US $9M Mandera sewerage project in Kenya to be complete by November

US M Mandera sewerage project in Kenya to be complete by November

The Mandera sewerage project in Kenya is set to be completed by November this year. Mandera County Commissioner Onesmus Kyatha assessed the works and said the project may take 78 weeks.

The US $9M Mandera sewerage project intends to improve the access, quality, availability and sustainability of water supply and wastewater management services in Mandera County. It involves construction of Trunk, Primary, Secondary and Consumer Sewer lines totaling 48.5km long and of various sizes, construction of a wastewater disposal system complete with treatment plant for Mandera Town that would have an intake capacity of 6,000m3 per day.

The Mandera sewerage project also includes the construction of public toilets at Shaf Shaffey Primary School and at Mandera Military camp as well as construction of perimeter fence around the wastewater stabilization ponds fitted with a gate.

Water security

Also included in the designing of the Mandera sewerage project is the construction of all-weather access road to and within the ponds and construction of operation and maintenance administrative building equipped with a Laboratory

Tana Water Services Board (TWSB) is the implementing agency on behalf of Northern Water Services Board (NWSB). The Government of Kenya funded project under the Kenya Towns Sustainable Water Supply and Sanitation Program is set to benefit 80,000 people in Mandera County.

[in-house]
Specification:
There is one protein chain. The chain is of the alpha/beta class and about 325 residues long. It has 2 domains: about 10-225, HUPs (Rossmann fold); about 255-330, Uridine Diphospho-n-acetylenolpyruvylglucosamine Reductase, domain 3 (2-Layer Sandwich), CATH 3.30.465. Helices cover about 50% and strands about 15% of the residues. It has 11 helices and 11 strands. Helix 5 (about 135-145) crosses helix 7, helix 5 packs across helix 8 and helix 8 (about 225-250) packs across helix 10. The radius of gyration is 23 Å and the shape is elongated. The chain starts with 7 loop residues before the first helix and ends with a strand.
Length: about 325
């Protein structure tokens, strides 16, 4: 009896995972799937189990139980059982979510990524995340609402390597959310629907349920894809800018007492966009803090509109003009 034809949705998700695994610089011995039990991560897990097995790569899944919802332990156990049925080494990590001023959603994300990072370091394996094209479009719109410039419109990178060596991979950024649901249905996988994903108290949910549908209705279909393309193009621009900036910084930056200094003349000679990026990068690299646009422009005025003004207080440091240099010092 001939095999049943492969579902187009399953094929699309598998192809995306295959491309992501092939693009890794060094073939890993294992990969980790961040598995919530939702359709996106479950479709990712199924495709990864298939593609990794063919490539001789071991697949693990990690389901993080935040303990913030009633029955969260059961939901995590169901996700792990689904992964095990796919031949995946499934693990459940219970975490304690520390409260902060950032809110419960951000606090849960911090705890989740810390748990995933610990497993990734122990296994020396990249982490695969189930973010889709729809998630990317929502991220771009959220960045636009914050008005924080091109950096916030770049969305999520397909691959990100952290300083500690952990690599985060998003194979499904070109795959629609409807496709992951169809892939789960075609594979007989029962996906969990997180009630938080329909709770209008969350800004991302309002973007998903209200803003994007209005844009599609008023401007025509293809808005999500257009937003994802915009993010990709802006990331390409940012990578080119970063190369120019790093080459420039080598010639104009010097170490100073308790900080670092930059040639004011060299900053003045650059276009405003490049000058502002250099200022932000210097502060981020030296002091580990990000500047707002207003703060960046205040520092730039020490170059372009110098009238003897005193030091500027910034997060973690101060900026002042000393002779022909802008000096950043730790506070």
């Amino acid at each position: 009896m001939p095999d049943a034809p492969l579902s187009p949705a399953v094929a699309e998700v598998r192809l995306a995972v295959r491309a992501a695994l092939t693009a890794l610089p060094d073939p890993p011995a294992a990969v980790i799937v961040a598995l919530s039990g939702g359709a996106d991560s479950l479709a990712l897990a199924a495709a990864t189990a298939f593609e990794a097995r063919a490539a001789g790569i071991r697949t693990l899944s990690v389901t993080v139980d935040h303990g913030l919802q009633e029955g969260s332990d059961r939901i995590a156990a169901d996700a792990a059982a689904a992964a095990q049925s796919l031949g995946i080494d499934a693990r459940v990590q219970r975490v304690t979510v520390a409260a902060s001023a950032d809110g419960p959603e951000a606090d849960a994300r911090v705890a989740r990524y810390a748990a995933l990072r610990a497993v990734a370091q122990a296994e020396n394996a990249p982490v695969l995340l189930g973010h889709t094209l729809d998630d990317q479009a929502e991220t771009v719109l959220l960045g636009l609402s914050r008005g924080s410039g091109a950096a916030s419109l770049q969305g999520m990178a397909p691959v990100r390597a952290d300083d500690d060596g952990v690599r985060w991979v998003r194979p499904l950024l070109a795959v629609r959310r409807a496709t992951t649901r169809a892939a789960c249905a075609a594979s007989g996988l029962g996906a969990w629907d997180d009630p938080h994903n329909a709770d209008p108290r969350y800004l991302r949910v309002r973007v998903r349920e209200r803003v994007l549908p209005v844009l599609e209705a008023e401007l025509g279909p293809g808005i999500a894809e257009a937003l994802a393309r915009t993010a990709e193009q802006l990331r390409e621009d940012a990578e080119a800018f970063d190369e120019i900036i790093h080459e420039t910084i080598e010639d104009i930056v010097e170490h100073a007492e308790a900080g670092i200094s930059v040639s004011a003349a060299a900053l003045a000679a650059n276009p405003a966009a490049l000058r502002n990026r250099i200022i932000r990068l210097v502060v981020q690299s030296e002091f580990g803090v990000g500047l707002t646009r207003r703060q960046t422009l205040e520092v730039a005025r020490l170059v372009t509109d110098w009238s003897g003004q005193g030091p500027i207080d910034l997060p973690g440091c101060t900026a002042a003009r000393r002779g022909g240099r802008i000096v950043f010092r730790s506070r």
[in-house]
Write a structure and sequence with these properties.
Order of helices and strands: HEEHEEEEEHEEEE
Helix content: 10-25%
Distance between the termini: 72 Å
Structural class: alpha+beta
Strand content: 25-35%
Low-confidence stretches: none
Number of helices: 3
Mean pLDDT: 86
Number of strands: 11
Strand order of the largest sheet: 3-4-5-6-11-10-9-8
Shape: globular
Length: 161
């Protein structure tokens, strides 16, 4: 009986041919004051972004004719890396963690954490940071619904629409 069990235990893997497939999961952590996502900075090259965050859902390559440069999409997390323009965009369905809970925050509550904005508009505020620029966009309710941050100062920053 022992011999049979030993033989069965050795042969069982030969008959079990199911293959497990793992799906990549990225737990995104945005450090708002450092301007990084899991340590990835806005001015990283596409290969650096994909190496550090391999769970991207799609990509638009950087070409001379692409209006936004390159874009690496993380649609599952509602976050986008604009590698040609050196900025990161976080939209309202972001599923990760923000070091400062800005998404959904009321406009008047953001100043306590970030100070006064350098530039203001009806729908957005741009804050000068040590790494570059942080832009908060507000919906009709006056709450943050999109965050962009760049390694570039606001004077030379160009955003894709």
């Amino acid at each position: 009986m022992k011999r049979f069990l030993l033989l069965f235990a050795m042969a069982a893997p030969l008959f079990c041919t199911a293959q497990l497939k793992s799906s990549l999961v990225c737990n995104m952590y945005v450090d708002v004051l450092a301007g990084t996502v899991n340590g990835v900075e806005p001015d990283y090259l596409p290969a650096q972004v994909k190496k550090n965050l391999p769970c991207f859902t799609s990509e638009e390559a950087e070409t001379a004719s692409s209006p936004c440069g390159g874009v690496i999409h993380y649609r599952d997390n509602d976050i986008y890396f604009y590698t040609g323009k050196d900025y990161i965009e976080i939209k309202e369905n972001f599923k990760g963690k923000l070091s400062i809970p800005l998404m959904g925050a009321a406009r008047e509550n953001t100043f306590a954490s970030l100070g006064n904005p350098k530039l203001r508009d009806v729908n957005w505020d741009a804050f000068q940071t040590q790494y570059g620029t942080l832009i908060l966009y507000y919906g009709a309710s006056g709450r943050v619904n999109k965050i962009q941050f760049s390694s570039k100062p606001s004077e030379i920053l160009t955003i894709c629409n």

The government of Kenya through the Ministry of Water, Sanitation and Irrigation has intensified efforts to secure universal water security through major water, sanitation and irrigation projects including policy.

According to Cabinet Secretary, Ministry of Water, Sanitation and Irrigation, Sicily K. Kariuki, the current level of access in Kenya is estimated at a national average of 64% for water, 26% for sanitation in urban areas with non-revenue water at 41% and the annual water per capita is less than 500 cubic metres, making the country a severe water stress according to the UN global scale on water security which stipulates minimum of 1000 cubic metres per person per year.

 

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